HIV Care Lagging in the Southern States

Heather Boerner

September 08, 2018

ORLANDO, Florida — Of the approximately 1000 people in northeastern Louisiana living with HIV in 2015, only 51% had achieved viral suppression, new data from the Louisiana Department of Health show.

One-third of these 1000 were diagnosed with AIDS in the first year after their HIV diagnosis, and another third had received no medical care in the previous year.

The models of care that people with HIV receive in urban and northern parts of the United States "really don't apply" to northeastern Louisiana, said Monica Johnson, executive director and founder of Helping Everyone Receive Ongoing Effective Support (HEROES).

So when it comes to achieving viral suppression, it's not surprising that the region lags behind metropolitan regions of the state, let alone national rates. In the same year, rates for viral suppression were 59% in New Orleans and 86% nationally, according to a recent national survey (Ann Intern Med. Published online August 21, 2018)

To turn the tide in rural areas, more money is needed and patients and rural healthcare providers need to be better educated, Johnson said here at the United States Conference on AIDS 2018.

"I would like to think that everyone who works in this field has the best interest of patients at heart," she told Medscape Medical News. However, "in my experience, that's not always the case."

Barriers to Becoming Undetectable

Johnson laid out the barriers faced by people in the region: limited education and literacy, which can lead to a lack of understanding of the medical language used by some providers; poverty and a lack of job options; stigma from family, friends, and even healthcare providers; lack of public transportation; and the limited number of healthcare providers.

And then there are persistent myths about HIV. For instance, Johnson said, one person told her recently that you can get HIV from mosquitoes. Another said he has clients who refuse to take their HIV drugs during pregnancy because of a fear that the fetus might be harmed. A third said that family members won't share plates or utensils with an HIV-positive family member, believing that HIV persists in saliva.

But one of the biggest challenges is one that physicians and providers have the power to change: the way they talk to patients and organize services to account for these multiple barriers to care.

Johnson described a client who, after being diagnosed with HIV, waited 2 weeks for an appointment at the only Ryan White Care clinic in the area, located in the next parish.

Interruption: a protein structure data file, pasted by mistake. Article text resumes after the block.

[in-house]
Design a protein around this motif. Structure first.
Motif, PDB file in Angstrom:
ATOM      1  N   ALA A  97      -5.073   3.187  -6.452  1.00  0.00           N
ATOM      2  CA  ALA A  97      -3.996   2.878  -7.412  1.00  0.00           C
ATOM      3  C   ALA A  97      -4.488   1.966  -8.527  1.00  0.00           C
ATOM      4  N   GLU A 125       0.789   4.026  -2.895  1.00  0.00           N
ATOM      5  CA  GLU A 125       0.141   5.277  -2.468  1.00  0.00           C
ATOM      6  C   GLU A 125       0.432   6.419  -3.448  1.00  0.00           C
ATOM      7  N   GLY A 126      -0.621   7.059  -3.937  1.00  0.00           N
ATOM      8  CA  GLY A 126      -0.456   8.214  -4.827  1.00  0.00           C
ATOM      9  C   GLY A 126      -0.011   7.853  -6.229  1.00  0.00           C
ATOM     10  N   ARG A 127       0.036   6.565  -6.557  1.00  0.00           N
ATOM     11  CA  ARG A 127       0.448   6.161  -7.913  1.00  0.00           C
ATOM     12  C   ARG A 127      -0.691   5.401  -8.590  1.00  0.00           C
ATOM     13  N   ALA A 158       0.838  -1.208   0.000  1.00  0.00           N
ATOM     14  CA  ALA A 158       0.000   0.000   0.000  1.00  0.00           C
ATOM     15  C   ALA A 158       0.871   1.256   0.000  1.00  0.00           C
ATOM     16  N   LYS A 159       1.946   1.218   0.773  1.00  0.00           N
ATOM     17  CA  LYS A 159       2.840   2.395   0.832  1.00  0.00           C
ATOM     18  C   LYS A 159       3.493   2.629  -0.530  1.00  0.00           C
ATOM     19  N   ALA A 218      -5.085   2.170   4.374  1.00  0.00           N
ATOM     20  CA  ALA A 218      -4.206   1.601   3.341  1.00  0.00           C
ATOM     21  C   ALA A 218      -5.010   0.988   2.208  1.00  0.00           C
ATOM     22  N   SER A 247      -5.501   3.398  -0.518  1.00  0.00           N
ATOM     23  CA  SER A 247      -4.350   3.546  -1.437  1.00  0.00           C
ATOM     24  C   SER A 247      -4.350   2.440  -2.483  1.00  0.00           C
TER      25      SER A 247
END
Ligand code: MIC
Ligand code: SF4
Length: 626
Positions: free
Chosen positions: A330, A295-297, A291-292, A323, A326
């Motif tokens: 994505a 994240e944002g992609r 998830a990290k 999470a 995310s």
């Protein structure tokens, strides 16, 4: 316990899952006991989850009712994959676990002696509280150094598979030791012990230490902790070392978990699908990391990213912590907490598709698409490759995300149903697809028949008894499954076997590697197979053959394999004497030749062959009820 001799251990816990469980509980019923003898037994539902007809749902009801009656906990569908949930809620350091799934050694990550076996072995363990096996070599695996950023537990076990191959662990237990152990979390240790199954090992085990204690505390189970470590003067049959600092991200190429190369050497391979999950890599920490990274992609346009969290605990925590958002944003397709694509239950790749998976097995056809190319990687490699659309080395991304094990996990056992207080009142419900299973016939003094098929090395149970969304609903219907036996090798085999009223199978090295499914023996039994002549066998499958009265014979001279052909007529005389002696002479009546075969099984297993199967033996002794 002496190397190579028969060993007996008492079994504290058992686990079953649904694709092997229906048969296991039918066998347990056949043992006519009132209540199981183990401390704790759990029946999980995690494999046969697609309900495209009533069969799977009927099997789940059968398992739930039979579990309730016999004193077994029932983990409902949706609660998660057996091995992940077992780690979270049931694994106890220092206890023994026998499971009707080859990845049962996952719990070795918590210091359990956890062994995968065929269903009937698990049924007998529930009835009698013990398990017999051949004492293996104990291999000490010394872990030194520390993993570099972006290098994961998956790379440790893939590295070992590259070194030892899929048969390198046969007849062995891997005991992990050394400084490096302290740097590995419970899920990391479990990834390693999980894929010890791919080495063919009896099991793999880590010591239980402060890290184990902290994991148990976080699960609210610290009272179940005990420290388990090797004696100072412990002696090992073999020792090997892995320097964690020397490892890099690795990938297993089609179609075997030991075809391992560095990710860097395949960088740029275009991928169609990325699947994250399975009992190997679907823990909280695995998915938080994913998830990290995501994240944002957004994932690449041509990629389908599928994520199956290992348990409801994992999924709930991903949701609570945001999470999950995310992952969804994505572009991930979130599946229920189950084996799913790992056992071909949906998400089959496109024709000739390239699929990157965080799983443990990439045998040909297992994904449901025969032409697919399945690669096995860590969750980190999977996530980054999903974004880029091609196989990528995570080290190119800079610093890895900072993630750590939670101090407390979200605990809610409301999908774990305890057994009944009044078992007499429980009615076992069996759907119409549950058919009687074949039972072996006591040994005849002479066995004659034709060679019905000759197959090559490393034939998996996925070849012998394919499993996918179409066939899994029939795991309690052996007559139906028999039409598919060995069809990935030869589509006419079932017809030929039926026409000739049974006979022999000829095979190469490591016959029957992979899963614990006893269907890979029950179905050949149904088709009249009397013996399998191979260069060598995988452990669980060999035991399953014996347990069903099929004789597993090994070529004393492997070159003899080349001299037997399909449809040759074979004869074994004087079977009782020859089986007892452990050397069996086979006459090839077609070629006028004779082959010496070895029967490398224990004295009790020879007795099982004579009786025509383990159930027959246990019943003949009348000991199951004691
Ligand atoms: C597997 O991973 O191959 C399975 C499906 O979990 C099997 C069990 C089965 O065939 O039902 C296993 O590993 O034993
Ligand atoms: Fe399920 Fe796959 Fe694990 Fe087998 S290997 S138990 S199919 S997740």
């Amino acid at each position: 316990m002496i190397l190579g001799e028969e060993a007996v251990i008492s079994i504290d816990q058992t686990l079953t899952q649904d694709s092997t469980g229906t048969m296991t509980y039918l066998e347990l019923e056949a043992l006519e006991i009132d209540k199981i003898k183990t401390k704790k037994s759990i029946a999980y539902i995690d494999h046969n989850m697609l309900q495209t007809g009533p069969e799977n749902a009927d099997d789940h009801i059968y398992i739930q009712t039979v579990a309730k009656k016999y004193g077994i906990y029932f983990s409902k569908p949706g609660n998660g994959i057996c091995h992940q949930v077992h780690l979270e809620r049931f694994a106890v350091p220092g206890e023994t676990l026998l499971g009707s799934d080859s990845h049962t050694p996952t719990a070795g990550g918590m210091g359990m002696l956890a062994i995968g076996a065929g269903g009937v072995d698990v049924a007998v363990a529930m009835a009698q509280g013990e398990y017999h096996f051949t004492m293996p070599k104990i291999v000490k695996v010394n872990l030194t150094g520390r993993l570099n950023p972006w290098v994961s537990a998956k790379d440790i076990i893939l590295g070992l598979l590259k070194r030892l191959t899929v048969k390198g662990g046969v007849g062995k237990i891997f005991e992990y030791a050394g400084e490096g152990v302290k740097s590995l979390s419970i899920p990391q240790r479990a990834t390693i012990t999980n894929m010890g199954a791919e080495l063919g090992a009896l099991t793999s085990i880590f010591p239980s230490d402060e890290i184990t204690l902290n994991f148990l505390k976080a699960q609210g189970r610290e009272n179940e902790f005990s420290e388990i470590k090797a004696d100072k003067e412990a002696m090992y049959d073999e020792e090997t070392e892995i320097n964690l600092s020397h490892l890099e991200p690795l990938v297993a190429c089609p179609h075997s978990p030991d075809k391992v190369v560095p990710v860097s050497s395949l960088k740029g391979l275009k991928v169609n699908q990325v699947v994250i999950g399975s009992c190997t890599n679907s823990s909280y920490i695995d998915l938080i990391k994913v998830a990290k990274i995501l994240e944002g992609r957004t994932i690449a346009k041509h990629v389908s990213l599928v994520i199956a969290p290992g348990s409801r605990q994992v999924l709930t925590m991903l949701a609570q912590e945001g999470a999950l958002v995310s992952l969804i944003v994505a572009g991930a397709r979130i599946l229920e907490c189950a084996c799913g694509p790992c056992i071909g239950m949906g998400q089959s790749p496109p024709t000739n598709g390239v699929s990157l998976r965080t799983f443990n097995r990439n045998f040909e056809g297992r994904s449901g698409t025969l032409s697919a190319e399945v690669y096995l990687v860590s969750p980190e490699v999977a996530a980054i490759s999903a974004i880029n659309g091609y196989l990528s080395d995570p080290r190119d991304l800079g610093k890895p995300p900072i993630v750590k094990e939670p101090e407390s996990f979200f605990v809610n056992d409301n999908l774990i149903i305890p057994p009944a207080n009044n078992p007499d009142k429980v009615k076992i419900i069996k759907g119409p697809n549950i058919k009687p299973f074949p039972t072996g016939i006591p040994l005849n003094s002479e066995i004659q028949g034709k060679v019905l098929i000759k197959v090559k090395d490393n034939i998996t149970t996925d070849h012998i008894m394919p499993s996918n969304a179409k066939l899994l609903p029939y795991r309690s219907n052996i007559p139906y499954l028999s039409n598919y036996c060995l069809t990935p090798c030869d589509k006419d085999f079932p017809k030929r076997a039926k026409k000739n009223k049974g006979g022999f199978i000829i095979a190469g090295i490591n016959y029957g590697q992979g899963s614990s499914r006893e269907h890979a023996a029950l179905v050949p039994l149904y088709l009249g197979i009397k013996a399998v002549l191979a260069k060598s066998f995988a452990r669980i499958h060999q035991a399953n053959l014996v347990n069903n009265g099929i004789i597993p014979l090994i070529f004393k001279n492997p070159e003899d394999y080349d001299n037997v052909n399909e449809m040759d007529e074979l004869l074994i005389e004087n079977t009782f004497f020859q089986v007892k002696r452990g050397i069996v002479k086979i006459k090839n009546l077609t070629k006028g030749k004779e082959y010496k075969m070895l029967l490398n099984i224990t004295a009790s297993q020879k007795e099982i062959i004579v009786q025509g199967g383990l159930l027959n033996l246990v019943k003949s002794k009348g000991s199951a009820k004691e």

She had appointments to fill out intake forms to see if she qualified for Ryan White coverage, an appointment to see a psychiatrist, and an appointment to see a provider. Finally, at the fifth appointment, she got a prescription for HIV medication.

"It took her almost 2 months before she got her meds," Johnson reported.

"How long ago was this?" a person in the audience called out.

"This was last year," Johnson replied.

"What?" another person blurted out. "Wow!"

To improve viral suppression for people with HIV, rural providers need to focus their services around the needs of patients and help them get treatment as quickly as possible, Johnson said. And rural primary care doctors "need to know the basics" of HIV.

"All of them in our area have clients who are HIV-positive," Johnson, who has herself been living with HIV for 35 years, told Medscape Medical News. "They just don't know the basic stuff."

Care and Support Across the South

Many members of the audience said they were trying to address barriers in their own clinical settings. Some provide snacks and food for patients who have little to eat. Others said they are working to provide test-and-treat services so that a person diagnosed with HIV receives medication the first day.

The region might benefit from telemedicine, suggested Annette Chi Hughes, from HOPE Atlanta.

"It's so cute when people think we have real stuff," Johnson said, laughing. "That probably would work if patients had internet."

An audience member asked whether some of these patients could be covered by Medicaid. Louisiana didn't expand Medicaid, Johnson explained. Unless a woman is pregnant, it's unlikely any of those services would kick in.

"Money is a huge barrier," said Gina Brown, from the Southern AIDS Coalition, who is a former member of the Presidential Advisory Council on HIV/AIDS. "We're not going to get everyone to undetectable if there's not equal access."

"Why are we not angry? Why are we not fighting?" asked Lloyd Paige, a case manager from CareSouth Carolina, taking a cue from the opening plenary on activism.

"We need to band together with you to make things better," Paige told Johnson. "If you don't have the money, we need to band together with you to find the money. We can't let you fight by yourself."

Johnson, Brown, and Paige have disclosed no relevant financial relationships.

United States Conference on AIDS (USCA) 2018. Presented September 7, 2018.

Follow Medscape on Twitter @Medscape and Heather Boerner @HeatherBoerner

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